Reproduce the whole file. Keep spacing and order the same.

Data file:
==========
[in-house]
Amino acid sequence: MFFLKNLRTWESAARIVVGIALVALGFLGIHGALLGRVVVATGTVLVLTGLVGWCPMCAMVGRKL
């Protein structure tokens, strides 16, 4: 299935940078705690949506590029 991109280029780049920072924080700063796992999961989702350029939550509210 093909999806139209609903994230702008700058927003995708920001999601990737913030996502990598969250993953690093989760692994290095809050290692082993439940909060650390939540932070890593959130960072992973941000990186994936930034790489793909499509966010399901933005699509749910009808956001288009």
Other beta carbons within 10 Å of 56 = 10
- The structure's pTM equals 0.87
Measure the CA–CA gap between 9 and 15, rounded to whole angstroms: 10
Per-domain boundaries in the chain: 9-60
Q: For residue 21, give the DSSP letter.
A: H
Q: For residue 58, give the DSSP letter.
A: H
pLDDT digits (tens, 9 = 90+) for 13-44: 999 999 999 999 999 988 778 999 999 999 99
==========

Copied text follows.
[in-house]
Amino acid sequence: MFFLKNLRTWESAARIVVGIALVALGFLGIHGALLGRVVVATGTVLVLTGLVGWCPMCAMVGRKL
């Protein structure tokens, strides 16, 4: 299935940078705690949506590029 991109280029780049920072924080700063796992999961989702350029939550509210 093909999806139209609903994230702008700058927003995708920001999601990737913030996502990598969250993953690093989760692994290095809050290692082993439940909060650390939540932070890593959130960072992973941000990186994936930034790489793909499509966010399901933005699509749910009808956001288009």
Other beta carbons within 10 Å of 56 = 10
- The structure's pTM equals 0.87
Measure the CA–CA gap between 9 and 15, rounded to whole angstroms: 10
Per-domain boundaries in the chain: 9-60
Q: For residue 21, give the DSSP letter.
A: H
Q: For residue 58, give the DSSP letter.
A: H
pLDDT digits (tens, 9 = 90+) for 13-44: 999 999 999 999 999 988 778 999 999 999 99